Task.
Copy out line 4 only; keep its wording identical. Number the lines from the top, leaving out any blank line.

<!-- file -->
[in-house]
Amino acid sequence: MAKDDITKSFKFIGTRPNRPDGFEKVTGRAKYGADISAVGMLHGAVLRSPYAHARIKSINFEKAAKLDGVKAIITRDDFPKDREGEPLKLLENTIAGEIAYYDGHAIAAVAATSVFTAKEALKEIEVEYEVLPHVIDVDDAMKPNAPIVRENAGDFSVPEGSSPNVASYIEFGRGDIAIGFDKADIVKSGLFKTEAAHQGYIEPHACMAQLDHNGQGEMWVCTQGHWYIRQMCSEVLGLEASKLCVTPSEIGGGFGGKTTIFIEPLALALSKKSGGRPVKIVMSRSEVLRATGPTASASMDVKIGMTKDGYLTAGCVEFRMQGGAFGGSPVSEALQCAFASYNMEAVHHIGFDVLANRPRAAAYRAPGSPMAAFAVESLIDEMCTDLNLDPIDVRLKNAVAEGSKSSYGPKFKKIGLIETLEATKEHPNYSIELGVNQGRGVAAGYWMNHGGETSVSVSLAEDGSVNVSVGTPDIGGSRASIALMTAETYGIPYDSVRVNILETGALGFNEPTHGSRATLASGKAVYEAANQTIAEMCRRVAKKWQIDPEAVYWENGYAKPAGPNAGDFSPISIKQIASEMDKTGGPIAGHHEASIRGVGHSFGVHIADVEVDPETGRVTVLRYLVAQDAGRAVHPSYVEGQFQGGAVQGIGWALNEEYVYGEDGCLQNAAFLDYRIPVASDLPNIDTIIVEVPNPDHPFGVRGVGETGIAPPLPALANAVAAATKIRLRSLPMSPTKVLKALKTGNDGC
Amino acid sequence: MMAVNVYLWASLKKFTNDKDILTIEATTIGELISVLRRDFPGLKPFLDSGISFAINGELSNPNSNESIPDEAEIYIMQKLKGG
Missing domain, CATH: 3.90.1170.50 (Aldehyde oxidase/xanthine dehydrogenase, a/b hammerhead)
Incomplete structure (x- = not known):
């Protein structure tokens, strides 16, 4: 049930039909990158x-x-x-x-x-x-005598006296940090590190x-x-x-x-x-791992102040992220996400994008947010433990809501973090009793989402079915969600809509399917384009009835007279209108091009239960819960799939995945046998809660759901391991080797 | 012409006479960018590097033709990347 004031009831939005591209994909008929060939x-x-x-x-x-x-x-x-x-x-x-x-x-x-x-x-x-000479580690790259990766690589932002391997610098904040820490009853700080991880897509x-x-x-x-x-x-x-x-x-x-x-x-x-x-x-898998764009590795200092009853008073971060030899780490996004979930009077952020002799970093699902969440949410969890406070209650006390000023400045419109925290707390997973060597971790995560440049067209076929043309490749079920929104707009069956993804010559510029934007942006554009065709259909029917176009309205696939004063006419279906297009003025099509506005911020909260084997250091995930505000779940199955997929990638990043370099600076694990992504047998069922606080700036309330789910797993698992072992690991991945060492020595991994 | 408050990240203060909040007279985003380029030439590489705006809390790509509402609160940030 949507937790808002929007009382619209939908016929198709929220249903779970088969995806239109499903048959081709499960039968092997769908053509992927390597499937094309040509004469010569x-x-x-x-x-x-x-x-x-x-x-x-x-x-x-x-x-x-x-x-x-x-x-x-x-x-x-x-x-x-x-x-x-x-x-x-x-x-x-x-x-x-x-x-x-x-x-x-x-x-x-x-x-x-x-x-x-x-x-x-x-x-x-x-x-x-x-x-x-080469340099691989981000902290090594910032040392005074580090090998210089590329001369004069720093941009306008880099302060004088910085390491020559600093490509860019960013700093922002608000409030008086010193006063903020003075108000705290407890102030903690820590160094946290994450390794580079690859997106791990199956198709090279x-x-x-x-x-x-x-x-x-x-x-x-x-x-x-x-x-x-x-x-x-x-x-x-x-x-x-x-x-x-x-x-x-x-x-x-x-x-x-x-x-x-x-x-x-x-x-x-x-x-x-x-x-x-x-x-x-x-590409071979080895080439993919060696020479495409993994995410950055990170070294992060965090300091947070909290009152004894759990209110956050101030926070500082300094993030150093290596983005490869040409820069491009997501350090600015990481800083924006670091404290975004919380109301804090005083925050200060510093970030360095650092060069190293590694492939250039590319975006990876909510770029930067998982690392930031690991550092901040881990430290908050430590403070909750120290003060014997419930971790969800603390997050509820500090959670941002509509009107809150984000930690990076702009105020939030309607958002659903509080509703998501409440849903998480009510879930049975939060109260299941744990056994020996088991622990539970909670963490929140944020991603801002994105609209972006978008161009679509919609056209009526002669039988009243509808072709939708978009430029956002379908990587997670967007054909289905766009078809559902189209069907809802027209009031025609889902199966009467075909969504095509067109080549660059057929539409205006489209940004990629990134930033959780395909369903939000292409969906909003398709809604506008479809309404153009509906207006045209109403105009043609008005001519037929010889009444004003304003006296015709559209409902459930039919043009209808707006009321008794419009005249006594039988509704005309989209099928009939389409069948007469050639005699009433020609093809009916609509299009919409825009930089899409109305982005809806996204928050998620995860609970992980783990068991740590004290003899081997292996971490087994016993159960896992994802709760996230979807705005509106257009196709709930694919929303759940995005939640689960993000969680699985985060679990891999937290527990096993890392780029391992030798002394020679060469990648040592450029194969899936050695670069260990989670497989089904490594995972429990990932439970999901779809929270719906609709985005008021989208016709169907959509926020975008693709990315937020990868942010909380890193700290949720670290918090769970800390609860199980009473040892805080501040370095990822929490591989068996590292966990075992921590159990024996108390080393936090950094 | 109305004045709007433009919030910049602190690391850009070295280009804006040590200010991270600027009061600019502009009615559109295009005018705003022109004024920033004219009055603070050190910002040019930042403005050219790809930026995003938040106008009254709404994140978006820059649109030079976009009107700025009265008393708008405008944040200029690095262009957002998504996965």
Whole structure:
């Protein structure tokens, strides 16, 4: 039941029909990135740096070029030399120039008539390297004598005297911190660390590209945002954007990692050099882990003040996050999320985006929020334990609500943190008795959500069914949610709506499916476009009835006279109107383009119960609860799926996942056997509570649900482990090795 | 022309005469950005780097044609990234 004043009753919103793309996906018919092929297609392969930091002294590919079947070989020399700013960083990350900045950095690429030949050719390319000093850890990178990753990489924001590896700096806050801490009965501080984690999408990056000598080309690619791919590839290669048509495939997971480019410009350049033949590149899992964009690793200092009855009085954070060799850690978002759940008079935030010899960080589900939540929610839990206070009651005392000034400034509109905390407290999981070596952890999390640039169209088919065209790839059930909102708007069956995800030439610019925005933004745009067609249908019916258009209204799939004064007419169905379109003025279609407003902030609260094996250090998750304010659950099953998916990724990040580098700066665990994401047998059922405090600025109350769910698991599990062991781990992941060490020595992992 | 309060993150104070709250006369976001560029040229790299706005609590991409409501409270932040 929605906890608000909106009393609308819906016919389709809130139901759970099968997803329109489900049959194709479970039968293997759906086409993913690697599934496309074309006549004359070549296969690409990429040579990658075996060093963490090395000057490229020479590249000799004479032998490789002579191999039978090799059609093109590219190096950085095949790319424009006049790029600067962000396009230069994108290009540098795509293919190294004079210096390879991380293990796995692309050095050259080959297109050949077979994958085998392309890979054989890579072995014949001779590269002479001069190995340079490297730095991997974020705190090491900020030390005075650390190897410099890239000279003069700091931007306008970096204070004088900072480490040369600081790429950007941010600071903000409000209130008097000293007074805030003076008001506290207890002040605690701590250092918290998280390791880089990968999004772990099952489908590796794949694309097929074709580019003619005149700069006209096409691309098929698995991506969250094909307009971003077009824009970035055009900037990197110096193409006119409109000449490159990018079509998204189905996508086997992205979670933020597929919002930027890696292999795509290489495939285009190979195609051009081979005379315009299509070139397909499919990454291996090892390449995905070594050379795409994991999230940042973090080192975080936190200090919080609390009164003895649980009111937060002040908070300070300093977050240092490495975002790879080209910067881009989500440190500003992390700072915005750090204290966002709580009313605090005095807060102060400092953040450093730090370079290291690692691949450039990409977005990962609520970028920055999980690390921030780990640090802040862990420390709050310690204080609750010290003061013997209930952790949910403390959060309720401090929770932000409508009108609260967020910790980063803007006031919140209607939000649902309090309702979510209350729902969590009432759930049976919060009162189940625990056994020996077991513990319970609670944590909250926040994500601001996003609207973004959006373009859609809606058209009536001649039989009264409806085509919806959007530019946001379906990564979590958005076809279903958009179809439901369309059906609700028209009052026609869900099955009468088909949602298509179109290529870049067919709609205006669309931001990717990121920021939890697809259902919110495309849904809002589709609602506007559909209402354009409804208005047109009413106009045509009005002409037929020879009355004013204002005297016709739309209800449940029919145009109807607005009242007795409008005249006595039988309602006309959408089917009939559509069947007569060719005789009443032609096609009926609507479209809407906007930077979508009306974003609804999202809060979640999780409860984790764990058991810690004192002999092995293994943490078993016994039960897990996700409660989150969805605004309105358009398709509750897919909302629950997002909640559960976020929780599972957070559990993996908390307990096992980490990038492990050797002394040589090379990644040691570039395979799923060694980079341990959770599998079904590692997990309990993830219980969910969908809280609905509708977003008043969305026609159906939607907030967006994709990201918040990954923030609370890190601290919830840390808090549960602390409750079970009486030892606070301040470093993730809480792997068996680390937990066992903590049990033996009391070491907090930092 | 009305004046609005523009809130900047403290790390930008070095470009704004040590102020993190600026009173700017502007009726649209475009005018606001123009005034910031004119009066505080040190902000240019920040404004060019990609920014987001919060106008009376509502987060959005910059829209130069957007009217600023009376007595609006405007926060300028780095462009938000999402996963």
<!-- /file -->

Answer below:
Missing domain, CATH: 3.90.1170.50 (Aldehyde oxidase/xanthine dehydrogenase, a/b hammerhead)